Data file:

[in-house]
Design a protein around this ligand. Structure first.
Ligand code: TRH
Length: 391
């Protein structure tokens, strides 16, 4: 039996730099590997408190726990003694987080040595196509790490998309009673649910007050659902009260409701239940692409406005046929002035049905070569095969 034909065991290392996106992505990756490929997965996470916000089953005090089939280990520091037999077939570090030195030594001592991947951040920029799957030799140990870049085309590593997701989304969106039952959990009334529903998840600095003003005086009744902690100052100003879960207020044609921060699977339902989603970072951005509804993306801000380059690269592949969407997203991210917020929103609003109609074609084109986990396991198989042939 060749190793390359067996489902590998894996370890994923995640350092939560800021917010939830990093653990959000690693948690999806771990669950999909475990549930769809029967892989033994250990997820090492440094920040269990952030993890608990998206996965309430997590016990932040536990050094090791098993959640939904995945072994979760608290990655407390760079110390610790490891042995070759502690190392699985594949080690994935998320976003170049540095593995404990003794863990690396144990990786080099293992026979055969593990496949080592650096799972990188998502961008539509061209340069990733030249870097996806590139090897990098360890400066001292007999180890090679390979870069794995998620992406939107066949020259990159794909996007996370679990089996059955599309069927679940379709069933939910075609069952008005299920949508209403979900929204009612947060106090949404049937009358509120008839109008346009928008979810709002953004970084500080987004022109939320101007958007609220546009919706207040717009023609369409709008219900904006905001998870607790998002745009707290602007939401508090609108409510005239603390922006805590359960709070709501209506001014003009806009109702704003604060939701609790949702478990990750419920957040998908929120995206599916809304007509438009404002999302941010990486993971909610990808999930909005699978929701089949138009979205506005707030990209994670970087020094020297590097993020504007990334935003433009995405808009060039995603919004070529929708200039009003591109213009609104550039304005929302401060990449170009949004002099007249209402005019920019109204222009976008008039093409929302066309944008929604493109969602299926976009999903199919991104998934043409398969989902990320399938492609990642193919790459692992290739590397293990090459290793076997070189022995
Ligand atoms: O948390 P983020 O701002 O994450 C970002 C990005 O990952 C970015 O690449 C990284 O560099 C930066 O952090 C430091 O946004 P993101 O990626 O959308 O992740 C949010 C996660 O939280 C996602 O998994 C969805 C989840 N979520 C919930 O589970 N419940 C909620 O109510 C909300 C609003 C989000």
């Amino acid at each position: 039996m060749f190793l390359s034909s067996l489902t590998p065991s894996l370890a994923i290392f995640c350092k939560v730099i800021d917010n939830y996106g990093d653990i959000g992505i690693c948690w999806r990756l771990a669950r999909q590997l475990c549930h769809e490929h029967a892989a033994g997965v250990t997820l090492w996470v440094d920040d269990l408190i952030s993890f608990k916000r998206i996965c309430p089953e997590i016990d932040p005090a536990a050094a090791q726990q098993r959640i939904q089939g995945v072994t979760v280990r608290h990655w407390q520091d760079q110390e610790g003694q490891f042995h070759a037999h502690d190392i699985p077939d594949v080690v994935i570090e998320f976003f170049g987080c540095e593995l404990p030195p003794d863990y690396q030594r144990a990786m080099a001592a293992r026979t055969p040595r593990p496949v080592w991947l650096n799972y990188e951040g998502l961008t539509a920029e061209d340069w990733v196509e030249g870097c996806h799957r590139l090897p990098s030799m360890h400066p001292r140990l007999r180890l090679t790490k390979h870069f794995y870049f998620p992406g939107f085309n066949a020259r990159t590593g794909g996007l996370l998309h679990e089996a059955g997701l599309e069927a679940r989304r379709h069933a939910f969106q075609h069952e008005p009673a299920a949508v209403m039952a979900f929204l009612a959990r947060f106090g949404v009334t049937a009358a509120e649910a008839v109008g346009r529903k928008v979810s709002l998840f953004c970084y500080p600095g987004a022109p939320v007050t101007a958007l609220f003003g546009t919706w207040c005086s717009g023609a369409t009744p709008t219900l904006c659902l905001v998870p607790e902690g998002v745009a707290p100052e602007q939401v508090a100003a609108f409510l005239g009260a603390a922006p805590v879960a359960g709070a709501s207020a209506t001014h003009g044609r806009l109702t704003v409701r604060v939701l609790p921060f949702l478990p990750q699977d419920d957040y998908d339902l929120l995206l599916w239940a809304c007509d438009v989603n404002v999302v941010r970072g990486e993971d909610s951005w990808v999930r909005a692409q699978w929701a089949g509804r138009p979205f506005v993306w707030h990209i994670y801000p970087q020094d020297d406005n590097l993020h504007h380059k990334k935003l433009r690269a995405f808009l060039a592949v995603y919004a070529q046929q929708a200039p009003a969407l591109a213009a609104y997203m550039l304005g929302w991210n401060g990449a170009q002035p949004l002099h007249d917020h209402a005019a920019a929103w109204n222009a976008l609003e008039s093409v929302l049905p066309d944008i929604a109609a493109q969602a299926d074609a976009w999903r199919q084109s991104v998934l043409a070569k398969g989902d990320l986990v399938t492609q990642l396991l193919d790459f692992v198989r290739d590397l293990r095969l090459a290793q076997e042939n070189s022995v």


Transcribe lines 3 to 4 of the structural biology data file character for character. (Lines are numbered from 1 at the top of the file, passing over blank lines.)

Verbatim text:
Ligand code: TRH
Length: 391